You are probably familiar with the term ‘getting into your flow’ but maybe you are challenged as to what it means, what benefits it brings and how you can achieve it.
I’m a great believer in Positive Psychology which simply means applying psychology to improve our lives as opposed to using psychology to address and fix problems. Several years ago, I came across the writings of one of the Father’s of Positive Psychology, Dr Martin Seligman. To date I’ve read nearly all of his books, not once but several times as each time I read one, I pick up some more valuable information I can use in my personal and working life or I can tell people about the learnings so they can enhance their lives.
One area of happiness he talks about is the importance of identifying when we are in our ‘flow’. This is when we are engaged in what we are doing and everything clicks into place. We feel energised, excited and in tune with ourselves and everyone and everything around us. Nothing is an effort for us, in fact everything flows for us. This concept or state was termed as ‘flow’ by Mike Csikszentmihalyi, pronounced as ‘cheek sent me high’, his life’s objective was to scientifically discover the key to human beings at their best. He interviewed thousands of people asking them to explain their highest gratifications. The results showed that gratification can come from a mental activity like studying something of interest to physical and social activities such as dancing, entertaining etc. He found that things such as luxuries and personal possessions don’t play a big part in how happy someone is. In fact, Dr. Csikszentmihalyi found that humans are at their happiest when in ‘flow’.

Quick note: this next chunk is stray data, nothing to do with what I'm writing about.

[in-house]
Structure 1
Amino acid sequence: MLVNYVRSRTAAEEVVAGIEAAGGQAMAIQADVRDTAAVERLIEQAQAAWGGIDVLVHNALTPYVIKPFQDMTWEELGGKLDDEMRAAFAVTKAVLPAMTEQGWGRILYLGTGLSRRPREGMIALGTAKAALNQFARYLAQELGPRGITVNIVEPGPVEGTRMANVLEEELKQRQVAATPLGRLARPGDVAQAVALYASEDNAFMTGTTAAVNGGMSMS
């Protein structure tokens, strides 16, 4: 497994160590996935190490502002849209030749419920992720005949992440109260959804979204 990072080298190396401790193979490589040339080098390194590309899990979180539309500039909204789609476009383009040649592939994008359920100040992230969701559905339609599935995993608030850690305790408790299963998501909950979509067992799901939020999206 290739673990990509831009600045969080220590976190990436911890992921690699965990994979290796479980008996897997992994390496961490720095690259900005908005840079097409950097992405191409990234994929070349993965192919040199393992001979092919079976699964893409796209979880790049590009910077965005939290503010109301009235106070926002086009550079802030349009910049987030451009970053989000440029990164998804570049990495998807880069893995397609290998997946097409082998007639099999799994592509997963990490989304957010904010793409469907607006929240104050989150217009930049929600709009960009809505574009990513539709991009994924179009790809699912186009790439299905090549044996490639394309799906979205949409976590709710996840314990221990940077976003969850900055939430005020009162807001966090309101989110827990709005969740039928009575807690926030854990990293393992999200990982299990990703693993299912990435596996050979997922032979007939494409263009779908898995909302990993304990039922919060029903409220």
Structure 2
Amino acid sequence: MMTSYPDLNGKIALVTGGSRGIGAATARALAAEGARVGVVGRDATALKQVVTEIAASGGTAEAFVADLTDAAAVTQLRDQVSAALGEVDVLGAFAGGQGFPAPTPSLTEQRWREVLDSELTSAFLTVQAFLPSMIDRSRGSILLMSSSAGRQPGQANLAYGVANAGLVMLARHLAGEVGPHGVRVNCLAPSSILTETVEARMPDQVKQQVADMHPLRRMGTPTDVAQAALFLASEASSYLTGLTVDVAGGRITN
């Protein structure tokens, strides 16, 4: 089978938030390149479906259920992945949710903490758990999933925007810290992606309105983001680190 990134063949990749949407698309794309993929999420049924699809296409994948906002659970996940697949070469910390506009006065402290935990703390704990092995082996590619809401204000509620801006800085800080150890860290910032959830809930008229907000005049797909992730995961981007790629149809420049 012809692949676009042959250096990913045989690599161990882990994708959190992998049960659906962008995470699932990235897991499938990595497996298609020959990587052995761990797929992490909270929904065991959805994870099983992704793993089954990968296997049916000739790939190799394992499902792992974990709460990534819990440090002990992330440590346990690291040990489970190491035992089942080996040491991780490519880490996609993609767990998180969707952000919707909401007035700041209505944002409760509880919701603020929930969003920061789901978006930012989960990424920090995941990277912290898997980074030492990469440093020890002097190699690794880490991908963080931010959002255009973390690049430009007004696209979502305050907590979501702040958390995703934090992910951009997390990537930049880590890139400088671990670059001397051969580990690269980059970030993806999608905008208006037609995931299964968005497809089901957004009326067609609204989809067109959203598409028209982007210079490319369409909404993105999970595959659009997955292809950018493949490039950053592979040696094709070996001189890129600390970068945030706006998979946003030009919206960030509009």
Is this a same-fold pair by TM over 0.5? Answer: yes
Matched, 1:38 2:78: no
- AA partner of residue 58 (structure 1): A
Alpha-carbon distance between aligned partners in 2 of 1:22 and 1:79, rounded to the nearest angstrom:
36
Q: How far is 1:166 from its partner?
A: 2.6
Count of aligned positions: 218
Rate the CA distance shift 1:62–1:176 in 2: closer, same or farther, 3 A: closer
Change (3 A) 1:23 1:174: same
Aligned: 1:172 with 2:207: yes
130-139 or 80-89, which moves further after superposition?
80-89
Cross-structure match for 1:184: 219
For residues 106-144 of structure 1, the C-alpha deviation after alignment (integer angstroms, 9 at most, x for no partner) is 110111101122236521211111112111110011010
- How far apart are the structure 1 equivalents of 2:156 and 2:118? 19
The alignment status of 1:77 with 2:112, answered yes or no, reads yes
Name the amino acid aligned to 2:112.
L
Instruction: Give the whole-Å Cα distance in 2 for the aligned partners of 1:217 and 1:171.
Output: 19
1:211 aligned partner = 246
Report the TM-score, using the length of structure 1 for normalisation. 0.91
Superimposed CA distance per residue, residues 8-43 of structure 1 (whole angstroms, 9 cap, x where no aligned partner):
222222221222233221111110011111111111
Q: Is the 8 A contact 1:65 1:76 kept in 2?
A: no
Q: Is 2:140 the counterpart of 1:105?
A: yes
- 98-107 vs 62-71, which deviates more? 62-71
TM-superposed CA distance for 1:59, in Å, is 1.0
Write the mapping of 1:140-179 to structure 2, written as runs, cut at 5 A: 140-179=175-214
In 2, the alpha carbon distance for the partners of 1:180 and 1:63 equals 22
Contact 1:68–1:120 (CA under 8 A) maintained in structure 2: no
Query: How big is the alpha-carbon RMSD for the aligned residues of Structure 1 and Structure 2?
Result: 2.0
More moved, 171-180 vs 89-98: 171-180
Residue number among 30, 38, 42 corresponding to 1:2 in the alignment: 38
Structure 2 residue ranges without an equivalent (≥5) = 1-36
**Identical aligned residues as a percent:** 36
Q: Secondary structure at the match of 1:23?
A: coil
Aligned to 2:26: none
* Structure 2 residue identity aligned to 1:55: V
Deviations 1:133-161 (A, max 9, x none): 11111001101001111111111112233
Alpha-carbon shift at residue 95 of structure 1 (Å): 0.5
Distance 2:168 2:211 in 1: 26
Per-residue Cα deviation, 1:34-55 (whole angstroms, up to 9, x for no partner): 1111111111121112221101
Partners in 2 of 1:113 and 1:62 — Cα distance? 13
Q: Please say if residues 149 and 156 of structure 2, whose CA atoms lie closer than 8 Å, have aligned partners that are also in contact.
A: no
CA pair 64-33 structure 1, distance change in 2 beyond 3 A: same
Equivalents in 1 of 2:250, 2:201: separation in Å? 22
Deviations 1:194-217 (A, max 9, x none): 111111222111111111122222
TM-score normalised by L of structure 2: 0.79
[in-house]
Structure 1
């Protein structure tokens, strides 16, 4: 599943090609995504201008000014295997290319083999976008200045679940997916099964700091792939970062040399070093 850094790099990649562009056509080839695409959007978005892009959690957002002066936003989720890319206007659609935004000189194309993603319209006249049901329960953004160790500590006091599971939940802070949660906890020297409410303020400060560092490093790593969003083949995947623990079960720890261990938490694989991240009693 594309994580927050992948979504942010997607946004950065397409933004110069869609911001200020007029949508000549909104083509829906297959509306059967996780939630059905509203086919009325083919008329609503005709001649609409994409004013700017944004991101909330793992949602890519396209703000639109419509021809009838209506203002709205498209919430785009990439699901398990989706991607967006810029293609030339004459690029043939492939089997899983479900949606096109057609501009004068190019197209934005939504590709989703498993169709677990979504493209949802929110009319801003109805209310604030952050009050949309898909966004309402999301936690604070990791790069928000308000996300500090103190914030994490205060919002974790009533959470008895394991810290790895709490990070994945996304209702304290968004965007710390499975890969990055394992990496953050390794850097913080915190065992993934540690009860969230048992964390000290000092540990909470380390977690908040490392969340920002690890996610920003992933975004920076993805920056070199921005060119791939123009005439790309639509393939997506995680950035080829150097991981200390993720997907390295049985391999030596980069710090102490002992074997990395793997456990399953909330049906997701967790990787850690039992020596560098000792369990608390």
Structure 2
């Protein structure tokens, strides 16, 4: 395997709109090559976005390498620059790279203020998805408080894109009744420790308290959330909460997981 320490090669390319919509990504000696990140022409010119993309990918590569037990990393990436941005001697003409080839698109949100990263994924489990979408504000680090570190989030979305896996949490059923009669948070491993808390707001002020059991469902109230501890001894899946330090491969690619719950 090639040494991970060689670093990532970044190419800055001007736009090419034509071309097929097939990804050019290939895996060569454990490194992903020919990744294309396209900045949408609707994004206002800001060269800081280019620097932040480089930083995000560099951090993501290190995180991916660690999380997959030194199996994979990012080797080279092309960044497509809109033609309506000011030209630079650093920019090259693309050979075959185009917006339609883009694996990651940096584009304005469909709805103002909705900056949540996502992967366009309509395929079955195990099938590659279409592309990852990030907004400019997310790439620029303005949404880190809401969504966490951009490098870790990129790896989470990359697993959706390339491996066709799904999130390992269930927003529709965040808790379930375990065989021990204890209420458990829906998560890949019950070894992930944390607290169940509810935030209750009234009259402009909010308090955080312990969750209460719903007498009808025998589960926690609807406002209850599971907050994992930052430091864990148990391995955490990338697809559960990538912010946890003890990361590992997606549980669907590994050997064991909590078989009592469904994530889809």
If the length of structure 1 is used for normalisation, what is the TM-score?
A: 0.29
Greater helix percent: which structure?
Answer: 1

One of my ‘flow’ times is when I’m working with a group in a training situation, MC-ing or singing at an event. I know I’m in my ‘flow’ when I can feel the group completely engaged with what I’m saying or singing. Everything I’m doing falls into place without me having to think or spend a lot of energy analysing what is going on – it just flows. I feel happy, content and challenged in a good way.
So how can you find your ‘flow’ moments? Make a note of when you feel in sync with yourself and when you lose yourself in the moment. Keep adding to this list so you have a number of things / activities / thoughts you do that gets you to your ‘flow’ state.
Then start working on re-creating these situations / thoughts / activities so you can get back into your ‘flow’.
To get into your ‘flow’ when working on an activity:
First, get yourself into a relaxed state of mind where your mind is free of inner talk.
Second, make sure you know what time of day is your most productive when creativity comes naturally to you. My time is generally late morning or early afternoon ‘though I’ve found from performing at events over the years, I can also be productive and creative at night too.
Third, remove all distractions – close your email, turn your phone onto silent, clear your space of clutter. You don’t want your mind to start wandering and thinking about how you need to tidy up your office, your desk drawers, your bookshelves etc.
Fourth, set a timer for say 20 – 25 mins to work, then time a 5 mins break. Don’t work on anything else but what you are working on in that present moment.
I go through the above steps when I need to get through a lot of research or development work and what I find is that when I get into my ‘flow’ in these moments, I get a lot of work done and I’m incredibly creative. Sometimes I come up with better ideas when I’m in this space than the ideas I had thought of and planned out at the start of the process.
Go on, give getting into your ‘flow’ a go and see how effective you can be without much effort.
Until next time.